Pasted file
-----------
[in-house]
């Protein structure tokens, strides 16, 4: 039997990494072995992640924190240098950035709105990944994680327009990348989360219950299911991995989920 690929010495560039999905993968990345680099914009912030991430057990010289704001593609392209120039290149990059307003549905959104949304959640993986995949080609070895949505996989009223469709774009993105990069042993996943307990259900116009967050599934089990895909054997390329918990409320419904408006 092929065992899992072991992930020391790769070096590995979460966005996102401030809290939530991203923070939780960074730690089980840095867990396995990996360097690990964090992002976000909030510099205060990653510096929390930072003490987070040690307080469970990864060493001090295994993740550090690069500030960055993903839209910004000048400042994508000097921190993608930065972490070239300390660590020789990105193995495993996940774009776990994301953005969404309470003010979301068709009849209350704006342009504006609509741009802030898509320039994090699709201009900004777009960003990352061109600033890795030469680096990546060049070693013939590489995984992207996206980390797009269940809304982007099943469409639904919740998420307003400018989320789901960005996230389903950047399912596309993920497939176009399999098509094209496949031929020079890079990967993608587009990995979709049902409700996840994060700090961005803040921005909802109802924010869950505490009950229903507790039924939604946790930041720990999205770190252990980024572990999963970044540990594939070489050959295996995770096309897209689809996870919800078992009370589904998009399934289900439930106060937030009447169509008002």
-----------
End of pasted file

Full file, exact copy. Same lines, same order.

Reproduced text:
[in-house]
């Protein structure tokens, strides 16, 4: 039997990494072995992640924190240098950035709105990944994680327009990348989360219950299911991995989920 690929010495560039999905993968990345680099914009912030991430057990010289704001593609392209120039290149990059307003549905959104949304959640993986995949080609070895949505996989009223469709774009993105990069042993996943307990259900116009967050599934089990895909054997390329918990409320419904408006 092929065992899992072991992930020391790769070096590995979460966005996102401030809290939530991203923070939780960074730690089980840095867990396995990996360097690990964090992002976000909030510099205060990653510096929390930072003490987070040690307080469970990864060493001090295994993740550090690069500030960055993903839209910004000048400042994508000097921190993608930065972490070239300390660590020789990105193995495993996940774009776990994301953005969404309470003010979301068709009849209350704006342009504006609509741009802030898509320039994090699709201009900004777009960003990352061109600033890795030469680096990546060049070693013939590489995984992207996206980390797009269940809304982007099943469409639904919740998420307003400018989320789901960005996230389903950047399912596309993920497939176009399999098509094209496949031929020079890079990967993608587009990995979709049902409700996840994060700090961005803040921005909802109802924010869950505490009950229903507790039924939604946790930041720990999205770190252990980024572990999963970044540990594939070489050959295996995770096309897209689809996870919800078992009370589904998009399934289900439930106060937030009447169509008002």